Back To The Future: 30th Anniversary Edition review

I find it rather apt that, on the recent Back To the Future Day, I was playing Back To The Future: 30th Anniversary Edition from Telltale Games. Telltale has carved a niche for themselves in the episodic style and Back To The Future: 30th Anniversary draws heavily from their vast experience on such great titles as The Walking Dead, Tales From The Borderlands, Game of Thrones and Minecraft: Story Mode. I don’t tend to play those types of game, will Back To The Future alter my perception of this type of title?

Back To The Future: 30th Anniversary Edition is a collection of the five episodes of the previously released Back To The Future: The Game, from all the way back in 2011. The game itself has had a few graphical tweaks from it’s 360 released older sibling, but the essence of the game remains the same, without the need to wait between episodes.

The game takes up where the third film in the franchise ended, with the DeLorean turning up without Doc Brown and you, playing as the ever cheeky Marty McFly, are desperate to try to find where he is and rescue him before the Bank forces the sale of his home.

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Graphically, Telltale have opted for more of a cartoon-inspired look than anything and Marty is well drawn and animated, as is Doc Brown, but there’s a little something in the way that they’re drawn that doesn’t feel right. The locations are also well drawn, if a little dark in places, and throughout the locations there are characters to interact with, like the ever-vigilant Edna Strickland and the nasty moonshine peddling gangster, Kid Tannen. There are also a few things to interact with at each place you visit, with some being vital to solving the puzzles at each stage of the quest.

That quest? Well, it’s initially to find and save Doc Brown. The story itself is actually very good to begin with, but it soon drops into a cartoonish farce that sometimes simply doesn’t make sense in the grand scheme of things. It’s not that this is a bad thing, I think perhaps that the writers simply lost their way a little bit along the way.

While the story wanders a little, progressing through the game isn’t a drag. The puzzles aren’t too taxing on the whole, although the odd one or two are not logical in the slightest. There are some things you’ll need to do in order the trigger an event that’s required to complete the puzzle, but it’s not clear what that thing is. There’s a scene where you have to get a barrel of illegal alcohol, and the method of acquiring this is convoluted and a little over-complicated, but I’m nit-picking really. On the whole the puzzles are fairly straight-forward.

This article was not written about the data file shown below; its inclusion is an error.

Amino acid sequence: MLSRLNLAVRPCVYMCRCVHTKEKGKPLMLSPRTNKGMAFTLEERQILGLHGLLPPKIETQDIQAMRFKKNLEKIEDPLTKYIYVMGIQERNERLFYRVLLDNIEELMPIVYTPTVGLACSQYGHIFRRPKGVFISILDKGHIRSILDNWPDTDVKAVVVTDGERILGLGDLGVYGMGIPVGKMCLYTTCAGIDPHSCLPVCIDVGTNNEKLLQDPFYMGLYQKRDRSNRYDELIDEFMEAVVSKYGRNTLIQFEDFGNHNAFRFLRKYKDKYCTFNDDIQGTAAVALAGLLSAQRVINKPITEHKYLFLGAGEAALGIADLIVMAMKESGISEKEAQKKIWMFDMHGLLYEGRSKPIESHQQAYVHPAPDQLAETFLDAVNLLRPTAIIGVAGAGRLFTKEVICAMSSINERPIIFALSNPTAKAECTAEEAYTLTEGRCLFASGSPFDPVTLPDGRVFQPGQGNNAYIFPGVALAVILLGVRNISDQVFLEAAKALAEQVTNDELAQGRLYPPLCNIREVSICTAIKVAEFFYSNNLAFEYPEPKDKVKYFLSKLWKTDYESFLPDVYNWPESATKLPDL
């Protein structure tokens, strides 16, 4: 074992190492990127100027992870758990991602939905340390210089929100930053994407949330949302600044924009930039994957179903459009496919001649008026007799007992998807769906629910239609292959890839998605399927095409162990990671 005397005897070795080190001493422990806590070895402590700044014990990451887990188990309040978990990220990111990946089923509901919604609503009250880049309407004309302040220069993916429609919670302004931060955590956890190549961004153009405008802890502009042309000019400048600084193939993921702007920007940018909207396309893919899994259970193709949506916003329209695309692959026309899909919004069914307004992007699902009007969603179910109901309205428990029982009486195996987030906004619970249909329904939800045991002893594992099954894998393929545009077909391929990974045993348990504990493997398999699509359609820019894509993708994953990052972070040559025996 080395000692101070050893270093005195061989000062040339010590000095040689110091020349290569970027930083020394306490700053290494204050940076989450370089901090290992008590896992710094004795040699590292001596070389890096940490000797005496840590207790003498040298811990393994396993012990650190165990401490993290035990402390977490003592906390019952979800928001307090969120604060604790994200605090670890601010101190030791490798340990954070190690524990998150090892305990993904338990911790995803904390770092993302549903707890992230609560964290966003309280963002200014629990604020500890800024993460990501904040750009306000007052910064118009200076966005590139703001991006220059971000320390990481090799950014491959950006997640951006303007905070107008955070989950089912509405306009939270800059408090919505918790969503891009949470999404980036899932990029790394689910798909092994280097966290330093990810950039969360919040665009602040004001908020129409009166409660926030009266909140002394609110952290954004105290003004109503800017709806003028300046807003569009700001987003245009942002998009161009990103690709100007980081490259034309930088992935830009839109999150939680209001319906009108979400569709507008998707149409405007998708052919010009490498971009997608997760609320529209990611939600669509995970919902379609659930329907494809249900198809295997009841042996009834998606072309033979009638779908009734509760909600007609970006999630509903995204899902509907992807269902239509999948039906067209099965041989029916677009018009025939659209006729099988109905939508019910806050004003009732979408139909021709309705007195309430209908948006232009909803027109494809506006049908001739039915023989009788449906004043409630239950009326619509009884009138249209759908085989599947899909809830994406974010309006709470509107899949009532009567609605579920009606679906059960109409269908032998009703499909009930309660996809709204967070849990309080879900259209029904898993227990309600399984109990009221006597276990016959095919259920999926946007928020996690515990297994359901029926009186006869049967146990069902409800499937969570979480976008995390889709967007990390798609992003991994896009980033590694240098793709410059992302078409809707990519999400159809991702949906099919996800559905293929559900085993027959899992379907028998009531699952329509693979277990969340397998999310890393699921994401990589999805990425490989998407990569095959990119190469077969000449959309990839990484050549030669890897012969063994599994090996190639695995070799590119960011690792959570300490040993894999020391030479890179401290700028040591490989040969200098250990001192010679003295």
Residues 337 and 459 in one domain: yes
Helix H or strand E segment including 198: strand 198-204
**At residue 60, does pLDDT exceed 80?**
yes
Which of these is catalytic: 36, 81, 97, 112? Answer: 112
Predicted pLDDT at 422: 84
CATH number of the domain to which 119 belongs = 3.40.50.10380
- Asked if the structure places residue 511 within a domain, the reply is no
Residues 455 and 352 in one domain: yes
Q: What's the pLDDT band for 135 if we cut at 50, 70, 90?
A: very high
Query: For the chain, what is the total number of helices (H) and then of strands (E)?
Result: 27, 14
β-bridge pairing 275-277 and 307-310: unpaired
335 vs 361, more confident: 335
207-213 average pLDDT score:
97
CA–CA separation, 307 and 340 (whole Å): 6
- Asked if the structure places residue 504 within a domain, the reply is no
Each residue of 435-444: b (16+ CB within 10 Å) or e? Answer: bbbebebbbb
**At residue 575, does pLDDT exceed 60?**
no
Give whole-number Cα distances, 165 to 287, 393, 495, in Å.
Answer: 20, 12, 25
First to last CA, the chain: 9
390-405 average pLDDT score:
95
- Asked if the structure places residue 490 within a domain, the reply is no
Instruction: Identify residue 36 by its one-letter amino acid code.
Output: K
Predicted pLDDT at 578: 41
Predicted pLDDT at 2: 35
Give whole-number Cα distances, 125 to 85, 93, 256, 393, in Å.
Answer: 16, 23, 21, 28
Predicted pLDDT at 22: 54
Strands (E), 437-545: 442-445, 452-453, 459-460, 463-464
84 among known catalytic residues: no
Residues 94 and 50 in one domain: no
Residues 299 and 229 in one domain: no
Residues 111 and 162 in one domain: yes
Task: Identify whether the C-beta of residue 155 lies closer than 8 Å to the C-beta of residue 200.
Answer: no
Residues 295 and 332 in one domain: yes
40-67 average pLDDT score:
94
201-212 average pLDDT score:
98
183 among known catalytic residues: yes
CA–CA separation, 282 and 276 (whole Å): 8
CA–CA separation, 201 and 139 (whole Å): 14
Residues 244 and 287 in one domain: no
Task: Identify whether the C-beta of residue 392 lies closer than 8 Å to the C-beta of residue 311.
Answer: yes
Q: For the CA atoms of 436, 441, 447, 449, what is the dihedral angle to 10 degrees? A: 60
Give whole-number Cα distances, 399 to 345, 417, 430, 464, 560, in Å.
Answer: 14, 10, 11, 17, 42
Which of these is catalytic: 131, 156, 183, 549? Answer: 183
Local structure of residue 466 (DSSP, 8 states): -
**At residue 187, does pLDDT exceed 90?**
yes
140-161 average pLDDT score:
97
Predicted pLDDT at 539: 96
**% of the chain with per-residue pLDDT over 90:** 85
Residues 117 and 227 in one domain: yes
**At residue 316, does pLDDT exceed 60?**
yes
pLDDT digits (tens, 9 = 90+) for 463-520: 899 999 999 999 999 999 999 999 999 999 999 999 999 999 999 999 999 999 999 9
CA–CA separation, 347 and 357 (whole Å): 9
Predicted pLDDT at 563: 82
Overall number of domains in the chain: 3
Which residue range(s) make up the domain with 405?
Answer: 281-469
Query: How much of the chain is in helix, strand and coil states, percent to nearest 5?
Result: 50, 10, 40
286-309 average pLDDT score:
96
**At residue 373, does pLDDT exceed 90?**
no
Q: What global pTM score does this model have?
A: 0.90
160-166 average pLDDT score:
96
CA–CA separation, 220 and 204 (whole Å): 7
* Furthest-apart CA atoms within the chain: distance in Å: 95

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The puzzles, as I say, are sometimes obvious, but sometimes you have to listen to the dialogue to get an idea of the solution. It’s here where you may notice that the lip-syncing is sometimes off and the cut-scenes are a little jerky at times. There’s also a fair amount of repetition in the solution of the puzzles and it can get tiresome having to go through the same sequences to get to the critical dialogue point you need. Thankfully, there’s help at hand in the form of a hint system, accessed by the Y button. The more complex the puzzle, the more hints you might find, and I think I found at least one puzzle where reading the hints was the trigger to complete the quest.

The dialogue then, is on the whole, well thought out and well-acted. A.J. LoCascio is stellar as Marty McFly and there’s the ever willing Christopher Lloyd reprising his role as Doc Brown. The other characters are played well and there’s even some friendly barking from Einstein, Doc’s dog.

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Back To The Future: 30th Anniversary Edition isn’t likely to be the game challenge you’ll be looking for, especially if you’re used to the kind of puzzle adventures that the likes of LucasArts used to present, and the point and click nature of the game endears rather than hinders the overall experience. If you’re looking for that challenge, you’ll probably be better off with a different game, but if you’re looking for a fairly easy way to rack up some gamer-points then you’ll struggle to do much better than Back The Future: 30th Anniversary Edition, even if it’s simply for the nostalgic value.

There’s a fair amount to get through though and you’ll find yourself engrossed in the little nods to Hill Valley and the film’s original writing and production team. There’s some replay value if you want to 1,000G this and you get a funky behind the scenes video to watch if you’re interested. The game isn’t perfect though, there are some graphic issues, you serve a subpoena and the cut-scene shows the character holding thin air. Underneath it all, Back To The Future: 30th Anniversary Edition is a solid game, which is worth the investment if you’ve not played it before.

Thanks for Xbox and Telltale Games for their support

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